NEW YORK (GenomeWeb News) – The National Institutes of Health will fund development of new non-invasive methods for diagnosis and monitoring of the progression of diabetes, kidney, urological, hematological, and digestive diseases and kidney disorders, with grants covering up to five years of research.
The National Institute of Diabetes and Digestive and Kidney Diseases and the National Heart, Lung, and Blood Institute seeks to fund new technologies using genomics, proteomics, metabolomics, molecular imaging, and a variety of other methods to develop new ways to detect, characterize, diagnose, and monitor people with predispositions to certain diseases.
NIH said in a funding announcement on Friday that the amount of support it grants in the program will vary according to the research proposed.
NIH said that it needs new tools to "help obtain a functional picture of the vast array of molecular events that interact to produce the healthy or diseased state." These might include new ways to measure flux through enzymatic pathways in tissues, to measure the unique functions of specialized cells in vivo, to monitor the activity of short-lived, small molecule signals, to explore the physical environment of intracellular compartments, or to assess nerve activation in an organ," NIH said.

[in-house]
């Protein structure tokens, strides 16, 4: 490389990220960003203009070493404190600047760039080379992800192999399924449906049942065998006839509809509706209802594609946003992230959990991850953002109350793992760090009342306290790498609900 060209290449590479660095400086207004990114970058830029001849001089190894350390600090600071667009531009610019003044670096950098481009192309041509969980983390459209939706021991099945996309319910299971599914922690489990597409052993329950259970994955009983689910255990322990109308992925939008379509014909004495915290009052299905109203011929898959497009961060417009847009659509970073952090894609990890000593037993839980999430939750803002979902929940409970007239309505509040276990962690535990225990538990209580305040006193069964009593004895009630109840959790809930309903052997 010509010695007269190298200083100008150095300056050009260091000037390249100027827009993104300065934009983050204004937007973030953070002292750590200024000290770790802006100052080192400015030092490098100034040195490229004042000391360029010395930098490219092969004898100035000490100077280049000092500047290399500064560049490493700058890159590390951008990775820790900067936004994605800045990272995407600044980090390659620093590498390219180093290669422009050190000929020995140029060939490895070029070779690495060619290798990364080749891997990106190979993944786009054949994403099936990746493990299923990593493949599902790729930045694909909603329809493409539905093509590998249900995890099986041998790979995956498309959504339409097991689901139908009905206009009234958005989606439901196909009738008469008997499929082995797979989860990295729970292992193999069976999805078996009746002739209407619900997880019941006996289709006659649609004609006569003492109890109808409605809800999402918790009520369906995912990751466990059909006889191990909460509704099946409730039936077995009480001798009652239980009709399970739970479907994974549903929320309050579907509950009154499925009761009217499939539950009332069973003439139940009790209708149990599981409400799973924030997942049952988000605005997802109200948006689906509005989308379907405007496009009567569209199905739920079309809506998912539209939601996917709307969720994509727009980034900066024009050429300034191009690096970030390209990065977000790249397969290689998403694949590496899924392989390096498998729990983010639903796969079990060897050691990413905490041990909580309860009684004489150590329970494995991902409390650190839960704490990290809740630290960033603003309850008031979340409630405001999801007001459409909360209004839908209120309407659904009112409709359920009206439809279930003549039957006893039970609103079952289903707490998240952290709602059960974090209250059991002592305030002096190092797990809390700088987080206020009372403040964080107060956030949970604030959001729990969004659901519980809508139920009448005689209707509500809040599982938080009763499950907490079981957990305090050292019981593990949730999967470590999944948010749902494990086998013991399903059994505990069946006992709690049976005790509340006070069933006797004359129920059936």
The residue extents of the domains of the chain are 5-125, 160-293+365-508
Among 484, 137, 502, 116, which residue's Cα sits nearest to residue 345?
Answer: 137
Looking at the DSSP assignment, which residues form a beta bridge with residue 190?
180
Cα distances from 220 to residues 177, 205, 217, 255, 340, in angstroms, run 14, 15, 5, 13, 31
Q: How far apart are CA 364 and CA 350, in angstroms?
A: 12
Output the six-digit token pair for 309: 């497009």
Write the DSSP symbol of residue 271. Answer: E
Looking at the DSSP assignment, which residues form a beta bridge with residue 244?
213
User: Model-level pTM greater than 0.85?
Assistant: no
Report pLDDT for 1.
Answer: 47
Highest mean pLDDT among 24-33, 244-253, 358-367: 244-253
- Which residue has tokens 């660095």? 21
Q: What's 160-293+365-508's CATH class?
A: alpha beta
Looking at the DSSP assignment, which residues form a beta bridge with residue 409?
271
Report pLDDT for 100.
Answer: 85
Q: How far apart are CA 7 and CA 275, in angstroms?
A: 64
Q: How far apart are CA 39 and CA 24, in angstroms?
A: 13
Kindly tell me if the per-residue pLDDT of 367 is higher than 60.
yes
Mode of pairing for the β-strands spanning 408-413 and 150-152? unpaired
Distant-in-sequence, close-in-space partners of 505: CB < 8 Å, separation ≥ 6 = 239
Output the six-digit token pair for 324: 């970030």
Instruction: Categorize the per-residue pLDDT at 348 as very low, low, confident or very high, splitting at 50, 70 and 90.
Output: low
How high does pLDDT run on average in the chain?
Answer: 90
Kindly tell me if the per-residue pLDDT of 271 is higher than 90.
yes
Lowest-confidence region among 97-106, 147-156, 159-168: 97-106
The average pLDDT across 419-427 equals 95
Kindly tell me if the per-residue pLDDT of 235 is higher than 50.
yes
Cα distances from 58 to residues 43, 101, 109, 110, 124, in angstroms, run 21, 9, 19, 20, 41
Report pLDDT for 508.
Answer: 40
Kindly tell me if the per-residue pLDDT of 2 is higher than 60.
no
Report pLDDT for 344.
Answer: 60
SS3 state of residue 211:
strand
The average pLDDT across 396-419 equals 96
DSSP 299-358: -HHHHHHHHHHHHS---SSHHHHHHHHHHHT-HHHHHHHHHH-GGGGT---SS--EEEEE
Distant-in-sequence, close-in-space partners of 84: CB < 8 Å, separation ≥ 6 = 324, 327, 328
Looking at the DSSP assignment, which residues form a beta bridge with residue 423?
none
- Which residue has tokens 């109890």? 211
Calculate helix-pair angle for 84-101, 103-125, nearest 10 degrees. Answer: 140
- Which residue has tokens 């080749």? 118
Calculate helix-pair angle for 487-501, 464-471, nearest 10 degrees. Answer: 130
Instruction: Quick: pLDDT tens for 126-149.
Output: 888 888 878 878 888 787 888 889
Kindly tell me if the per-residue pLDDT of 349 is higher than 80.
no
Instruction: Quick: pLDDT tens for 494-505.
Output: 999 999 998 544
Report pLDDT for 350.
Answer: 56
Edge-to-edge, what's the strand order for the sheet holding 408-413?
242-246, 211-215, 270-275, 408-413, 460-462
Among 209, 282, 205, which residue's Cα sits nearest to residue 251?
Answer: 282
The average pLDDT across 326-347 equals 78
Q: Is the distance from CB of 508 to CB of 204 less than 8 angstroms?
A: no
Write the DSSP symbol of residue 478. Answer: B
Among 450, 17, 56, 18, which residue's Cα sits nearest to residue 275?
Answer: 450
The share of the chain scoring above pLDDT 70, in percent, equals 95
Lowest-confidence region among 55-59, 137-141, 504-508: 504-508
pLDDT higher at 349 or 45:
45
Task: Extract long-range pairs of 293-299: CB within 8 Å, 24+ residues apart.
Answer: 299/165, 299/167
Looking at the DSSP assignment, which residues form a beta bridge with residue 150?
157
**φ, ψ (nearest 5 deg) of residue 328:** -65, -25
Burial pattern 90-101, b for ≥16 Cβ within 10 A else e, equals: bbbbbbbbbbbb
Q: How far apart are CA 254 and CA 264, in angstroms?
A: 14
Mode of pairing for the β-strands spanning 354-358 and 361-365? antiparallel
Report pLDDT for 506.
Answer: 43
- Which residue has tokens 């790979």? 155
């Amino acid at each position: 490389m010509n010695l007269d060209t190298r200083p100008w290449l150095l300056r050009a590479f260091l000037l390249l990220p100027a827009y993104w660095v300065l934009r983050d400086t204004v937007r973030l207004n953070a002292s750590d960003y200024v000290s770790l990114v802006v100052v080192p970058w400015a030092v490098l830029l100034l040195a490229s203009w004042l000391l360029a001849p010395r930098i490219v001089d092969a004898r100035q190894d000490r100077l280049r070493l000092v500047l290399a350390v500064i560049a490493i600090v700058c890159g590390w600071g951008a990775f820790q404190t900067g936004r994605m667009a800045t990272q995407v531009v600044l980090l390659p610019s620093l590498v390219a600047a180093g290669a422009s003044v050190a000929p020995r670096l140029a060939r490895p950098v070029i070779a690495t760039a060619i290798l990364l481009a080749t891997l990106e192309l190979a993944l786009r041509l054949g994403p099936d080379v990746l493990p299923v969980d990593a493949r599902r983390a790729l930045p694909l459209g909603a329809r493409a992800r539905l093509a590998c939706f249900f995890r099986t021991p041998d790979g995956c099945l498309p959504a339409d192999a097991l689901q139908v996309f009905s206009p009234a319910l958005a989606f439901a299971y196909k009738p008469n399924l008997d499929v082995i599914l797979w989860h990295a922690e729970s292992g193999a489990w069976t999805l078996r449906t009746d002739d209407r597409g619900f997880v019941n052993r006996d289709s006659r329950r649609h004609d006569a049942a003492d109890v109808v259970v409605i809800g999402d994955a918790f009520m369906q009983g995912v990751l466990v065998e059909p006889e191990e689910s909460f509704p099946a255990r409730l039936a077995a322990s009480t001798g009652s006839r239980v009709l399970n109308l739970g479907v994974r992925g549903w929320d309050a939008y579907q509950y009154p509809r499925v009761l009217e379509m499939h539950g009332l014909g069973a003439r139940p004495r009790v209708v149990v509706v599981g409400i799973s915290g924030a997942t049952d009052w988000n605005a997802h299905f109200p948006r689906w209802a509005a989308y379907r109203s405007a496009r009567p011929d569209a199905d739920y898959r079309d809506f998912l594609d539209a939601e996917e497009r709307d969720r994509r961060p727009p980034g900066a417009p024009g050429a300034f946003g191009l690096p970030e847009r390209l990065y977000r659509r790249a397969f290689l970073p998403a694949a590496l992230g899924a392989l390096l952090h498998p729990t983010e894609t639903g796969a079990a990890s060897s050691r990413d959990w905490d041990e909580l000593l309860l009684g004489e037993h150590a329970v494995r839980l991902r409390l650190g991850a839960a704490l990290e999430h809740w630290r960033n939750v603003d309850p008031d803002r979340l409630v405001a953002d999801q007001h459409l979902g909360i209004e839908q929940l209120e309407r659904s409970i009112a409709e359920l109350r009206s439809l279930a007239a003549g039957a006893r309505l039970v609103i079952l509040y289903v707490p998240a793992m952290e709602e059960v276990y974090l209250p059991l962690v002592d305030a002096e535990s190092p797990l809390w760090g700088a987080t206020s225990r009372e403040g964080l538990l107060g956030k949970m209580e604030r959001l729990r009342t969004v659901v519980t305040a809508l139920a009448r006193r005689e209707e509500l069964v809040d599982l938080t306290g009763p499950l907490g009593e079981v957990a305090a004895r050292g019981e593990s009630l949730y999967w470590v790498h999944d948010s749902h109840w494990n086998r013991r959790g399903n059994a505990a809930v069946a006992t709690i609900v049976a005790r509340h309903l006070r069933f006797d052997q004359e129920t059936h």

NIDDK and NHLBI are seeking new surrogate markers for clinical trial endpoints, and new ways to characterize tissues in vivo.
The range of diseases NIH seeks to study with this grant include type 1 and 2 diabetes; acute and chronic kidney disease, liver, urologic, hematologic, digestive, endocrine, and metabolic diseases and their complications; obesity; obesity-related hypertension, hypertension, renal, and vascular disorders leading to hypertension.
NIH also encourages partnerships between public or academic institutions and private organizations for the research, as well as multidisciplinary teams consisting of investigators experienced in non-invasive measurements and who have experience with the particular diseases and tissues of interest.